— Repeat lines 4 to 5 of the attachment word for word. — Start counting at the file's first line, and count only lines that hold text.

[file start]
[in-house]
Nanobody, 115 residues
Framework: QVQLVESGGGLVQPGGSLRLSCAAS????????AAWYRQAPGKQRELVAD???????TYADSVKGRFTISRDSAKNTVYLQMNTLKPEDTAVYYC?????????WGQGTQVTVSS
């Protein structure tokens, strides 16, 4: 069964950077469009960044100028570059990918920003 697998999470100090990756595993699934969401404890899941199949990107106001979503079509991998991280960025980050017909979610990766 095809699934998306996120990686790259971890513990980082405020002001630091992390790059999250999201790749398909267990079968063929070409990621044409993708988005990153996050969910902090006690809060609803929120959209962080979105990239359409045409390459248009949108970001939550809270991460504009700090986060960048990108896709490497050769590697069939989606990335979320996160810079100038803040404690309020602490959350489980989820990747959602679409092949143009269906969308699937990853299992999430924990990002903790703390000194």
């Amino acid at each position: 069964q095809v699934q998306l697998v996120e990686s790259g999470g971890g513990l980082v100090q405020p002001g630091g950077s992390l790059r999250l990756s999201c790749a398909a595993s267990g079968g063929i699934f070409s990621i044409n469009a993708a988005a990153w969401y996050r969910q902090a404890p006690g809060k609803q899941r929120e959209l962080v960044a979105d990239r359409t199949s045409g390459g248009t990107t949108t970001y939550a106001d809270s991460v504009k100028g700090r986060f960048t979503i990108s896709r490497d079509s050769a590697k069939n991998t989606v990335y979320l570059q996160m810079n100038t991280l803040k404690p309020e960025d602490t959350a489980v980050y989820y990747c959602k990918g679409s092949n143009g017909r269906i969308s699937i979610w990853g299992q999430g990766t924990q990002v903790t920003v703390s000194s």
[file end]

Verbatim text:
């Protein structure tokens, strides 16, 4: 069964950077469009960044100028570059990918920003 697998999470100090990756595993699934969401404890899941199949990107106001979503079509991998991280960025980050017909979610990766 095809699934998306996120990686790259971890513990980082405020002001630091992390790059999250999201790749398909267990079968063929070409990621044409993708988005990153996050969910902090006690809060609803929120959209962080979105990239359409045409390459248009949108970001939550809270991460504009700090986060960048990108896709490497050769590697069939989606990335979320996160810079100038803040404690309020602490959350489980989820990747959602679409092949143009269906969308699937990853299992999430924990990002903790703390000194």
């Amino acid at each position: 069964q095809v699934q998306l697998v996120e990686s790259g999470g971890g513990l980082v100090q405020p002001g630091g950077s992390l790059r999250l990756s999201c790749a398909a595993s267990g079968g063929i699934f070409s990621i044409n469009a993708a988005a990153w969401y996050r969910q902090a404890p006690g809060k609803q899941r929120e959209l962080v960044a979105d990239r359409t199949s045409g390459g248009t990107t949108t970001y939550a106001d809270s991460v504009k100028g700090r986060f960048t979503i990108s896709r490497d079509s050769a590697k069939n991998t989606v990335y979320l570059q996160m810079n100038t991280l803040k404690p309020e960025d602490t959350a489980v980050y989820y990747c959602k990918g679409s092949n143009g017909r269906i969308s699937i979610w990853g299992q999430g990766t924990q990002v903790t920003v703390s000194s």